Sextortion Ransom E-Mails
Over the last month, we’ve been inundated with messages, phone calls and E-mails about an old threat with new life. Sextortion. The E-Mail has a few variables which indicate that your computer has been infected with a virus or malware from the hacker that’s sending you an email directly. In some cases, it may also include a password you used on a LinkedIn in 2012. In 2012, 6.5 million LinkedIn account details were leaked and made available for purchase on the ‘dark web’. If you receive one of these sextortion e-mails with a password, its very likely that was your LinkedIn password in 2012.
This threat is an extremely basic attempt to fool people into thinking that they’ve been caught looking an adult content whilst capturing the view from your webcam at the same time. In all cases we’ve witnessed, the e-mail is demanding a fee of between $600 & $1,000 worth of bitcoin to make sure these images are not subject to public viewing & distribution directly to your contact list. We’ve even seen the attempts to further intimidate victims by suggesting proof is only a few mouse clicks away with an offer to send 5 of your contacts some of the content as proof it exists... Brutal. If it was real of course you’d do what ever you can to pay the bitcoin ransom, but all the information we’ve gathered is simple… It’s not real.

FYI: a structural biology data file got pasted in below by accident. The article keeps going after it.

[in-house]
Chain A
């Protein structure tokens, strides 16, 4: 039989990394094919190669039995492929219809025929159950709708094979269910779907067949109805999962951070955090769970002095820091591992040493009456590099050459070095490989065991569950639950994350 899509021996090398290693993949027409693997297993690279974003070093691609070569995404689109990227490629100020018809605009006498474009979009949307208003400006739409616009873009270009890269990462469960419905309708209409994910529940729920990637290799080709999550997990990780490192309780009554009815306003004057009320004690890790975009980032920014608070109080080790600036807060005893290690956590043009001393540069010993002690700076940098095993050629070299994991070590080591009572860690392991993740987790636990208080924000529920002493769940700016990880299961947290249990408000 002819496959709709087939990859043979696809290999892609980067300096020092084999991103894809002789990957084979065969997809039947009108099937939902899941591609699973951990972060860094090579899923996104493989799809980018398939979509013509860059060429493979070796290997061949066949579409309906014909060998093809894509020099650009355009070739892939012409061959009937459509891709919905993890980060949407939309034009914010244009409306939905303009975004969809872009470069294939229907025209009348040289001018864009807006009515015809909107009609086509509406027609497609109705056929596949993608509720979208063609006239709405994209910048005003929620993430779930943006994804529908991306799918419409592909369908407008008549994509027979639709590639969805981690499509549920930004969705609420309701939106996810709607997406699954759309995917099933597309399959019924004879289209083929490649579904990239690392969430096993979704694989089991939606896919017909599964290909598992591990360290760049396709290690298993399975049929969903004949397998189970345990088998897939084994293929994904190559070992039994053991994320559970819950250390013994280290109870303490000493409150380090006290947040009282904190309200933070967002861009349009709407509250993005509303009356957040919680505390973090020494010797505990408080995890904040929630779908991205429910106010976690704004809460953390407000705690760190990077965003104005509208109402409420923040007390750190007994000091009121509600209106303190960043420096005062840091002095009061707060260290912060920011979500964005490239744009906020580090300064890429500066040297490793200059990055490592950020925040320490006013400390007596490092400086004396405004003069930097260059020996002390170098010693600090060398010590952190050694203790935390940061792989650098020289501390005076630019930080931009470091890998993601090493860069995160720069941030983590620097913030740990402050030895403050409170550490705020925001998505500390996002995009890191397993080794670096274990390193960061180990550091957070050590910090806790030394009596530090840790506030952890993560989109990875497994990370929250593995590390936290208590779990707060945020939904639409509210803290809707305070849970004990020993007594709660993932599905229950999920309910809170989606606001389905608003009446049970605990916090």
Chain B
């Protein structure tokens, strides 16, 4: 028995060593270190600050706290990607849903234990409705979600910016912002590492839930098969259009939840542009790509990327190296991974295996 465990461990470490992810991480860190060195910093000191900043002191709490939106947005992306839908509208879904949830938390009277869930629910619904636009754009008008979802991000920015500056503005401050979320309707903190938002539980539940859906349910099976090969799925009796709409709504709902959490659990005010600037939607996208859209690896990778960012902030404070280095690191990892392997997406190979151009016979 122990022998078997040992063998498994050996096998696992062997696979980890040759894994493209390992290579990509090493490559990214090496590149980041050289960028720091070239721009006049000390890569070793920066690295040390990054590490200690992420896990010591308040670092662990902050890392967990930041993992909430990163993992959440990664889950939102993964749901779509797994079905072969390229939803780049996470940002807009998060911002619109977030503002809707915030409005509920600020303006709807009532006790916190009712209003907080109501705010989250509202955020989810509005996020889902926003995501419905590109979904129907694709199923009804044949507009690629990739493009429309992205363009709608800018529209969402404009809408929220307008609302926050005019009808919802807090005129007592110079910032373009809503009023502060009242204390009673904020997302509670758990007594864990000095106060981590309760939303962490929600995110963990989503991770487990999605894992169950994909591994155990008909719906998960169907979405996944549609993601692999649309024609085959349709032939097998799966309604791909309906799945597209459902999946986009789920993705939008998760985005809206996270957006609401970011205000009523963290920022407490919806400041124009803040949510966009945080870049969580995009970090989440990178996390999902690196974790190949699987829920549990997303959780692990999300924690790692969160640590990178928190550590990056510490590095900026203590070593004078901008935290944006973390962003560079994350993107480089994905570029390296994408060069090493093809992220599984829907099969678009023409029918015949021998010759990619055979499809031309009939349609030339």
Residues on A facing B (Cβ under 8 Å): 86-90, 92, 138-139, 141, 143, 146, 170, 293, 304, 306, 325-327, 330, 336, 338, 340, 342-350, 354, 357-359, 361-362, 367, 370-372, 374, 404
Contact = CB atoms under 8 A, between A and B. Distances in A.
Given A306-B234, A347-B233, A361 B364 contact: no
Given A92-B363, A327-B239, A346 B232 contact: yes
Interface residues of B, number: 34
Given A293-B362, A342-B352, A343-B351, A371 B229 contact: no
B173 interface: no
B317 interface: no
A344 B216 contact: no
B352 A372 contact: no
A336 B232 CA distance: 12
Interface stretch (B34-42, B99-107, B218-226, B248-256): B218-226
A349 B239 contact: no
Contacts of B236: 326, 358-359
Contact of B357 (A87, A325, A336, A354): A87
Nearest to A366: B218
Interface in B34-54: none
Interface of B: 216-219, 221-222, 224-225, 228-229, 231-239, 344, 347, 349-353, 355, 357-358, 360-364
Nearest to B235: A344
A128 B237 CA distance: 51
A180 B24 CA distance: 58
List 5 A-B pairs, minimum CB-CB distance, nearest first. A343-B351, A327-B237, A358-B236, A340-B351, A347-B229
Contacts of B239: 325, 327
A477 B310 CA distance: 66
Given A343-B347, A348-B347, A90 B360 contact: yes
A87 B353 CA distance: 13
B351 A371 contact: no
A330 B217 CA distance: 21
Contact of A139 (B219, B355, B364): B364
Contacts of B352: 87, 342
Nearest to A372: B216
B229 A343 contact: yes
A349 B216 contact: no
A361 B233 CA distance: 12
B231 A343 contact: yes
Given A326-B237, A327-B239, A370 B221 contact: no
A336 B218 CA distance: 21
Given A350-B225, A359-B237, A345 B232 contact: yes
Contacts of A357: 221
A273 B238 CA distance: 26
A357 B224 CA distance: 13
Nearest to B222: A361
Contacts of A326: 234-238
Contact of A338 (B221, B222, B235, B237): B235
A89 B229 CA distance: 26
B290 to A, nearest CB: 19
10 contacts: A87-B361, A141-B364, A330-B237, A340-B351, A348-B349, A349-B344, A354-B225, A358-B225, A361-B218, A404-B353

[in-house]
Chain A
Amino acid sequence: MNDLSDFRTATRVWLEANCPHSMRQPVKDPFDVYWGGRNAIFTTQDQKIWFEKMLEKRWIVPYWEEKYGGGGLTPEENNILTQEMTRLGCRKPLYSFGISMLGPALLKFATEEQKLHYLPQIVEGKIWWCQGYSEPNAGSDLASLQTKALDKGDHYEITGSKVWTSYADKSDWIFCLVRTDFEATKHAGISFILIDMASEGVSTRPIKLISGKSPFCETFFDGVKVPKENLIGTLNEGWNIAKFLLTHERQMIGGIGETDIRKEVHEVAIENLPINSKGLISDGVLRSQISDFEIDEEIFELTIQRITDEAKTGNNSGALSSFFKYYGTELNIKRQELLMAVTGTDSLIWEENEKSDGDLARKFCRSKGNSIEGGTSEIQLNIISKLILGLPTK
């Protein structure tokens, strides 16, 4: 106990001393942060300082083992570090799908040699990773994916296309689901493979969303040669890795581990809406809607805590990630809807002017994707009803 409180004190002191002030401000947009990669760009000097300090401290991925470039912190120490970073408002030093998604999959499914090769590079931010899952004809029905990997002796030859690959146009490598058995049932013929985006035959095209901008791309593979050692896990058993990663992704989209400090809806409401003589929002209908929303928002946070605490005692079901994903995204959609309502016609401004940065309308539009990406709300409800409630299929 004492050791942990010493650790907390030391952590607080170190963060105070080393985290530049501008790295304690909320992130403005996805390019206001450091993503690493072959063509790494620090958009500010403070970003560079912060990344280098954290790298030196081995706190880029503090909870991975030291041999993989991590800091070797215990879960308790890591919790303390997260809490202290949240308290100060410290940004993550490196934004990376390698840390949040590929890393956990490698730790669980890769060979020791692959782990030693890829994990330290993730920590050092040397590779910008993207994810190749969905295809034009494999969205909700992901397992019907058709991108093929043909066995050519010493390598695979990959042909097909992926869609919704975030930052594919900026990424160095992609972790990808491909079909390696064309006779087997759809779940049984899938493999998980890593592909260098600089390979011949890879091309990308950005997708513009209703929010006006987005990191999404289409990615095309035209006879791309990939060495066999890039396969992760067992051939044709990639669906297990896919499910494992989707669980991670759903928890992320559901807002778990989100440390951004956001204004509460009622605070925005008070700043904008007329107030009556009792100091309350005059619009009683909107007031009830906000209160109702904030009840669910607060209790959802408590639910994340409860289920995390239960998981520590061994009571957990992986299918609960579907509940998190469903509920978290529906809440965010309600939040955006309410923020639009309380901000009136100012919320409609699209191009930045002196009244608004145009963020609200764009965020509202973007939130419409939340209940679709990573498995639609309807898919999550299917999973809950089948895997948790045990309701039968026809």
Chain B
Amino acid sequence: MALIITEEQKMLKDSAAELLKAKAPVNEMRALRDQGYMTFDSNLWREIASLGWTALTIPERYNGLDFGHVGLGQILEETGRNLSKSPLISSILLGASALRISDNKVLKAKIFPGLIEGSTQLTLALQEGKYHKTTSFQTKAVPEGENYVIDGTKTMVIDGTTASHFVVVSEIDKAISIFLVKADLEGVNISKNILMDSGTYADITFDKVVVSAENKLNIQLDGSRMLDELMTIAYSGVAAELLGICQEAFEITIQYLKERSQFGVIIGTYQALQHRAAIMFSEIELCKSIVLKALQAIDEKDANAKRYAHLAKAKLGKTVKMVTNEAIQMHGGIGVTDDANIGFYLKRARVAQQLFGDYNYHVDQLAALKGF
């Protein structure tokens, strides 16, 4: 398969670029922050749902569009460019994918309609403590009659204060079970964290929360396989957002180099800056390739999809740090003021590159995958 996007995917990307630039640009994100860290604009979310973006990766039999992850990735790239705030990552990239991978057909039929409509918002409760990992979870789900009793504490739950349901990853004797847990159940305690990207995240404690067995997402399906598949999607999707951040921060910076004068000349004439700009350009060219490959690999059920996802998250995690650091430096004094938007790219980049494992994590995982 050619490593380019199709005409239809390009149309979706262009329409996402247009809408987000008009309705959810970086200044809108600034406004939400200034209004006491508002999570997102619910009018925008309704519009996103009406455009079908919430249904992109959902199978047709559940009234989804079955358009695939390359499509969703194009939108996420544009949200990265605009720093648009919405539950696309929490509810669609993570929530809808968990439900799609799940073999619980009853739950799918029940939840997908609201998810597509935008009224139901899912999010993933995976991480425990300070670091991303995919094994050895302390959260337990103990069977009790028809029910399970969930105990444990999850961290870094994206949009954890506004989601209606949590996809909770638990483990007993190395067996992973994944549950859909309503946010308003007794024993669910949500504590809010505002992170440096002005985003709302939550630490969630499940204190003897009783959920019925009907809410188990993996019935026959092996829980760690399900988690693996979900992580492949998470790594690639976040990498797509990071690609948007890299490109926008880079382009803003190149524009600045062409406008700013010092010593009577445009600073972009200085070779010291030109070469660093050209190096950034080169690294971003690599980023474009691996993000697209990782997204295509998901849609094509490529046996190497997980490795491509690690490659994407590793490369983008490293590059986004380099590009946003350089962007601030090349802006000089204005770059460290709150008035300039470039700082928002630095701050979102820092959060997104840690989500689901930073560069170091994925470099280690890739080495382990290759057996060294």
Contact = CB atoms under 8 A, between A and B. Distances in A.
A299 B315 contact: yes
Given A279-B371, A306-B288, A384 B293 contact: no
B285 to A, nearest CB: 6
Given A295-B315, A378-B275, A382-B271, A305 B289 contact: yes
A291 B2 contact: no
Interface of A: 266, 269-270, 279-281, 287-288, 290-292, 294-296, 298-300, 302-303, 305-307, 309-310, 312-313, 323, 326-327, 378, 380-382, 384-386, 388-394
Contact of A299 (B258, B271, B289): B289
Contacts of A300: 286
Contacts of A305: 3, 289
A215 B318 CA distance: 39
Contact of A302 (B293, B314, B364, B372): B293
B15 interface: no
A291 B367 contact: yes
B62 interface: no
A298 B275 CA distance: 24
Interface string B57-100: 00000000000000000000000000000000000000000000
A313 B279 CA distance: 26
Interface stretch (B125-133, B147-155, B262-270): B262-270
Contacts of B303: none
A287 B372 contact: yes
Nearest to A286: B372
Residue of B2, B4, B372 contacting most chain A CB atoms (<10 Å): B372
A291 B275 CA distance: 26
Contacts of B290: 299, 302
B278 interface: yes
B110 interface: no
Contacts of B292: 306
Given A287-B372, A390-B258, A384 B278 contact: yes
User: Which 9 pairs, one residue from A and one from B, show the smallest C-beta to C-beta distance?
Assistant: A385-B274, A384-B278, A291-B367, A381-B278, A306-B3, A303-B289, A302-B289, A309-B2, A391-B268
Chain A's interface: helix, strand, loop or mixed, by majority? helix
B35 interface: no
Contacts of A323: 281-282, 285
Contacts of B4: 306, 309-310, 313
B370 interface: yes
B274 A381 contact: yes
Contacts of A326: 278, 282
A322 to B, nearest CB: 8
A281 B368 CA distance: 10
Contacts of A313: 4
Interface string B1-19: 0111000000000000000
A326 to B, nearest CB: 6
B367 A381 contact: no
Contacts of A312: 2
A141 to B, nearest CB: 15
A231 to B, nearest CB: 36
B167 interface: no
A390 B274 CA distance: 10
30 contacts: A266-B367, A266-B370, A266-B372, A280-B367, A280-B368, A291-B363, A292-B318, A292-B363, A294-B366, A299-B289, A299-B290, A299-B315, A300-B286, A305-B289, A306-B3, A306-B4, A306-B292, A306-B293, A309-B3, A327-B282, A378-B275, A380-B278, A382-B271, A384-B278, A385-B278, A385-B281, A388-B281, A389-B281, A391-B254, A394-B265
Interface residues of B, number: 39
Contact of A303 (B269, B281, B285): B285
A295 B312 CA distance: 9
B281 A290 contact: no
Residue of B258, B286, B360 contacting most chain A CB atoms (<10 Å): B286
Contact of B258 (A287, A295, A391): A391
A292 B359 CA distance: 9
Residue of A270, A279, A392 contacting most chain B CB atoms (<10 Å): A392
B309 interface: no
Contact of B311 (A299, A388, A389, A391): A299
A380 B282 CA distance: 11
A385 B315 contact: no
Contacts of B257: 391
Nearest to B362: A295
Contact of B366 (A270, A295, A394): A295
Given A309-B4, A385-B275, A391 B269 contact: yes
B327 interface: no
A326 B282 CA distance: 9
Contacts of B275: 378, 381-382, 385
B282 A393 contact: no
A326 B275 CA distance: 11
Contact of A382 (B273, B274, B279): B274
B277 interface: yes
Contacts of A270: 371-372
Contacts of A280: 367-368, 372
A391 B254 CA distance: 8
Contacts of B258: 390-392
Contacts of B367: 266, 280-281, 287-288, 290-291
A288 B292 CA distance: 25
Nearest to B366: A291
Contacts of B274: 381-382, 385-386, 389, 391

This does lead to another issue though, those of you that have received this e-mail and the password in the body of the email is the same password you use today… you’re not doing enough to stay protected. This LinkedIn hack was 6 years ago, and that is way too long to hold on to a password. We suggest changing passwords to important accounts at least every 3 months.
If you think its time your computer had a once over for malware & virus activity, give us a call and book an appointment today. We’ll come to you. 1800 124 234.